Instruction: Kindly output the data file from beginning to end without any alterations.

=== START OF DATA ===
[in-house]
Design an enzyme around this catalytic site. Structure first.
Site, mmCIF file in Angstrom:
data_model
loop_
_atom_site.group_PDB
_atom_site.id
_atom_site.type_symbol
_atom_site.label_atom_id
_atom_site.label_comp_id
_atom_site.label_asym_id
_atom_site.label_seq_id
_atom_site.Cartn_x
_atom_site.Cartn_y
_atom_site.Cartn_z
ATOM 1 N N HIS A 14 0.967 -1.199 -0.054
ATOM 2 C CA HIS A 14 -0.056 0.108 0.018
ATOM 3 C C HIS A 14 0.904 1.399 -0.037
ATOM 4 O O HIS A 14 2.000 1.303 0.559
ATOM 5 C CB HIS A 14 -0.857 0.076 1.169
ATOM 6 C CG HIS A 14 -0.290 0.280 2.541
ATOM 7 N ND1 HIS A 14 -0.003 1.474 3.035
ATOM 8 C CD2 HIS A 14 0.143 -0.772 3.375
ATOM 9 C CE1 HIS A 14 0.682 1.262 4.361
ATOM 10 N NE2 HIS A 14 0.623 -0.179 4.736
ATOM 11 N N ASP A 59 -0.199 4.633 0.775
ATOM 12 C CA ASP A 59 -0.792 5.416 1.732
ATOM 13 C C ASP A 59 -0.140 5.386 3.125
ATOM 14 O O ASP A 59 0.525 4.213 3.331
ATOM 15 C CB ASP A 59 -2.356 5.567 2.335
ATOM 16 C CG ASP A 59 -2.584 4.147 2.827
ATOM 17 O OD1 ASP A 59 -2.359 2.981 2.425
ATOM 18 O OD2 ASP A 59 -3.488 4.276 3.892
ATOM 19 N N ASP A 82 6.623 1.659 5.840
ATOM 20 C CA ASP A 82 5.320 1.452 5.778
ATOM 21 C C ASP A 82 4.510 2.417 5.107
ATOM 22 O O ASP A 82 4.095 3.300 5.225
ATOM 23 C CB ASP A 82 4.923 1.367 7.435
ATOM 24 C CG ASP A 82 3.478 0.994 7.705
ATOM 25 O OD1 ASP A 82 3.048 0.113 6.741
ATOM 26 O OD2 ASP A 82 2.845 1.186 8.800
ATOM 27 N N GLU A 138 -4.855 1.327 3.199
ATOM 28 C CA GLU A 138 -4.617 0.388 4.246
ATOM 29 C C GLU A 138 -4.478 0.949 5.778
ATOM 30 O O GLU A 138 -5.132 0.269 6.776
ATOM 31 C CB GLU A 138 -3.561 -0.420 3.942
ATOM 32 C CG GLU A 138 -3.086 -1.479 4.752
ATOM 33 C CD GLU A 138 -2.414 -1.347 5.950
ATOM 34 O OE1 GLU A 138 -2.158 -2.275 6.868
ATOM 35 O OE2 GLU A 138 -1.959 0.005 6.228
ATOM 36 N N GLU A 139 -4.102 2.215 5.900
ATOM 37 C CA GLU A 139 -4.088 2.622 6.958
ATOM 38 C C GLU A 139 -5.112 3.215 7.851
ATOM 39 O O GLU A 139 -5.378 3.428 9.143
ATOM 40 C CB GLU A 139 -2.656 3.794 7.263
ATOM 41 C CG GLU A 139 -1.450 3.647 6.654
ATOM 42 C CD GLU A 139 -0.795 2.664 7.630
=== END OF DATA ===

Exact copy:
[in-house]
Design an enzyme around this catalytic site. Structure first.
Site, mmCIF file in Angstrom:
data_model
loop_
_atom_site.group_PDB
_atom_site.id
_atom_site.type_symbol
_atom_site.label_atom_id
_atom_site.label_comp_id
_atom_site.label_asym_id
_atom_site.label_seq_id
_atom_site.Cartn_x
_atom_site.Cartn_y
_atom_site.Cartn_z
ATOM 1 N N HIS A 14 0.967 -1.199 -0.054
ATOM 2 C CA HIS A 14 -0.056 0.108 0.018
ATOM 3 C C HIS A 14 0.904 1.399 -0.037
ATOM 4 O O HIS A 14 2.000 1.303 0.559
ATOM 5 C CB HIS A 14 -0.857 0.076 1.169
ATOM 6 C CG HIS A 14 -0.290 0.280 2.541
ATOM 7 N ND1 HIS A 14 -0.003 1.474 3.035
ATOM 8 C CD2 HIS A 14 0.143 -0.772 3.375
ATOM 9 C CE1 HIS A 14 0.682 1.262 4.361
ATOM 10 N NE2 HIS A 14 0.623 -0.179 4.736
ATOM 11 N N ASP A 59 -0.199 4.633 0.775
ATOM 12 C CA ASP A 59 -0.792 5.416 1.732
ATOM 13 C C ASP A 59 -0.140 5.386 3.125
ATOM 14 O O ASP A 59 0.525 4.213 3.331
ATOM 15 C CB ASP A 59 -2.356 5.567 2.335
ATOM 16 C CG ASP A 59 -2.584 4.147 2.827
ATOM 17 O OD1 ASP A 59 -2.359 2.981 2.425
ATOM 18 O OD2 ASP A 59 -3.488 4.276 3.892
ATOM 19 N N ASP A 82 6.623 1.659 5.840
ATOM 20 C CA ASP A 82 5.320 1.452 5.778
ATOM 21 C C ASP A 82 4.510 2.417 5.107
ATOM 22 O O ASP A 82 4.095 3.300 5.225
ATOM 23 C CB ASP A 82 4.923 1.367 7.435
ATOM 24 C CG ASP A 82 3.478 0.994 7.705
ATOM 25 O OD1 ASP A 82 3.048 0.113 6.741
ATOM 26 O OD2 ASP A 82 2.845 1.186 8.800
ATOM 27 N N GLU A 138 -4.855 1.327 3.199
ATOM 28 C CA GLU A 138 -4.617 0.388 4.246
ATOM 29 C C GLU A 138 -4.478 0.949 5.778
ATOM 30 O O GLU A 138 -5.132 0.269 6.776
ATOM 31 C CB GLU A 138 -3.561 -0.420 3.942
ATOM 32 C CG GLU A 138 -3.086 -1.479 4.752
ATOM 33 C CD GLU A 138 -2.414 -1.347 5.950
ATOM 34 O OE1 GLU A 138 -2.158 -2.275 6.868
ATOM 35 O OE2 GLU A 138 -1.959 0.005 6.228
ATOM 36 N N GLU A 139 -4.102 2.215 5.900
ATOM 37 C CA GLU A 139 -4.088 2.622 6.958
ATOM 38 C C GLU A 139 -5.112 3.215 7.851
ATOM 39 O O GLU A 139 -5.378 3.428 9.143
ATOM 40 C CB GLU A 139 -2.656 3.794 7.263
ATOM 41 C CG GLU A 139 -1.450 3.647 6.654
ATOM 42 C CD GLU A 139 -0.795 2.664 7.630